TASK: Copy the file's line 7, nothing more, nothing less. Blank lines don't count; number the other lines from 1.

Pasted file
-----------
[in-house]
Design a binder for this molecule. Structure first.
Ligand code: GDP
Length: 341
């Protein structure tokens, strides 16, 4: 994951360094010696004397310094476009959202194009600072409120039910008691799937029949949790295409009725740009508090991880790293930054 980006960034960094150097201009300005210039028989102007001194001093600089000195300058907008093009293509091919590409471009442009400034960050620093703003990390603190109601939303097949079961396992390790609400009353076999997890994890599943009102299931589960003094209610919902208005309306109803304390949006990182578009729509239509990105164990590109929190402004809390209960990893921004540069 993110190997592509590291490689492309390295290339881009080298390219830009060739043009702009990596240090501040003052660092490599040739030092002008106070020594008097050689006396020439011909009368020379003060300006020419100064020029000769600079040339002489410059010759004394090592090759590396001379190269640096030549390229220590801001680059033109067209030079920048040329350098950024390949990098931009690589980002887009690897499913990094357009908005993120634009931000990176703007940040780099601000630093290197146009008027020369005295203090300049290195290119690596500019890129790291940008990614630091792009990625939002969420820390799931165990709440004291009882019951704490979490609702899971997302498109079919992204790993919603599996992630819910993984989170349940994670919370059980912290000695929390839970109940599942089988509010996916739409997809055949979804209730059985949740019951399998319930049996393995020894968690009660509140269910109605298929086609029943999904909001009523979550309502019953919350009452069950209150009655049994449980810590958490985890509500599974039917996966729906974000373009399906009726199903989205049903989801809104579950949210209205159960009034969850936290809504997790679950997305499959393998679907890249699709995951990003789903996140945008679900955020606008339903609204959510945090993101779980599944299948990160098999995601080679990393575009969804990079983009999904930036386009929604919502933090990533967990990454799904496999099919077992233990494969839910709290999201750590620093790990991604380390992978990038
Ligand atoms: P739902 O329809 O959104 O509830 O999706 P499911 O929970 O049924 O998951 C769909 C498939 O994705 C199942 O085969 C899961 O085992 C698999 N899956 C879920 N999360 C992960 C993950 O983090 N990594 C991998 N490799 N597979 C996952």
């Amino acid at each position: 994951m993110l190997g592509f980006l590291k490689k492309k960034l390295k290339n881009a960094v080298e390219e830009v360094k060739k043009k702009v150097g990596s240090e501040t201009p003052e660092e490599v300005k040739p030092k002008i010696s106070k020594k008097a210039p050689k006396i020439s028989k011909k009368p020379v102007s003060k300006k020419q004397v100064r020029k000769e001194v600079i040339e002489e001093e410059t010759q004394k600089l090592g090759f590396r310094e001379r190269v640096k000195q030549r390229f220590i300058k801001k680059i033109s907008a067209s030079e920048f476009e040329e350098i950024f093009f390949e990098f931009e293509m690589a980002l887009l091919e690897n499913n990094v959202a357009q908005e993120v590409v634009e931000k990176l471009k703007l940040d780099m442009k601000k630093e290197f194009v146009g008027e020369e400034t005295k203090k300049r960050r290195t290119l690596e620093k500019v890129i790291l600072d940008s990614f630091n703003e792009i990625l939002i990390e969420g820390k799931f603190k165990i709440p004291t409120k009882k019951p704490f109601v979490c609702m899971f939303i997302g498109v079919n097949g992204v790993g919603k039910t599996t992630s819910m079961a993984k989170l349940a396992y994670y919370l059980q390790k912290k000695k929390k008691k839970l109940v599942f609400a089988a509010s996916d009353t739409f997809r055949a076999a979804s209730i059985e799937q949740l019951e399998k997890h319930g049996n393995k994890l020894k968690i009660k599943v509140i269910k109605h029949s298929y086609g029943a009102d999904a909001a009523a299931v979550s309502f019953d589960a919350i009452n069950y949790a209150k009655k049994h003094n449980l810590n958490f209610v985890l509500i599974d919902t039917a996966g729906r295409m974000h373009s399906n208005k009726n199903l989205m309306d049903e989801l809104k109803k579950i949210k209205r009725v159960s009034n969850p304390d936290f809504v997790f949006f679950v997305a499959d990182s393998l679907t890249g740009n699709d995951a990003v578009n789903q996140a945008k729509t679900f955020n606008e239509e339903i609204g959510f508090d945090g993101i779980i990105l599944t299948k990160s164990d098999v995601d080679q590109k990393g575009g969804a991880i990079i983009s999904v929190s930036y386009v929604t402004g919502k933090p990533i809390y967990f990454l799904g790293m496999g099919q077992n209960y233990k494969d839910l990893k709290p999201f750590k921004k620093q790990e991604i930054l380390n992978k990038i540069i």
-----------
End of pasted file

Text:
């Amino acid at each position: 994951m993110l190997g592509f980006l590291k490689k492309k960034l390295k290339n881009a960094v080298e390219e830009v360094k060739k043009k702009v150097g990596s240090e501040t201009p003052e660092e490599v300005k040739p030092k002008i010696s106070k020594k008097a210039p050689k006396i020439s028989k011909k009368p020379v102007s003060k300006k020419q004397v100064r020029k000769e001194v600079i040339e002489e001093e410059t010759q004394k600089l090592g090759f590396r310094e001379r190269v640096k000195q030549r390229f220590i300058k801001k680059i033109s907008a067209s030079e920048f476009e040329e350098i950024f093009f390949e990098f931009e293509m690589a980002l887009l091919e690897n499913n990094v959202a357009q908005e993120v590409v634009e931000k990176l471009k703007l940040d780099m442009k601000k630093e290197f194009v146009g008027e020369e400034t005295k203090k300049r960050r290195t290119l690596e620093k500019v890129i790291l600072d940008s990614f630091n703003e792009i990625l939002i990390e969420g820390k799931f603190k165990i709440p004291t409120k009882k019951p704490f109601v979490c609702m899971f939303i997302g498109v079919n097949g992204v790993g919603k039910t599996t992630s819910m079961a993984k989170l349940a396992y994670y919370l059980q390790k912290k000695k929390k008691k839970l109940v599942f609400a089988a509010s996916d009353t739409f997809r055949a076999a979804s209730i059985e799937q949740l019951e399998k997890h319930g049996n393995k994890l020894k968690i009660k599943v509140i269910k109605h029949s298929y086609g029943a009102d999904a909001a009523a299931v979550s309502f019953d589960a919350i009452n069950y949790a209150k009655k049994h003094n449980l810590n958490f209610v985890l509500i599974d919902t039917a996966g729906r295409m974000h373009s399906n208005k009726n199903l989205m309306d049903e989801l809104k109803k579950i949210k209205r009725v159960s009034n969850p304390d936290f809504v997790f949006f679950v997305a499959d990182s393998l679907t890249g740009n699709d995951a990003v578009n789903q996140a945008k729509t679900f955020n606008e239509e339903i609204g959510f508090d945090g993101i779980i990105l599944t299948k990160s164990d098999v995601d080679q590109k990393g575009g969804a991880i990079i983009s999904v929190s930036y386009v929604t402004g919502k933090p990533i809390y967990f990454l799904g790293m496999g099919q077992n209960y233990k494969d839910l990893k709290p999201f750590k921004k620093q790990e991604i930054l380390n992978k990038i540069i």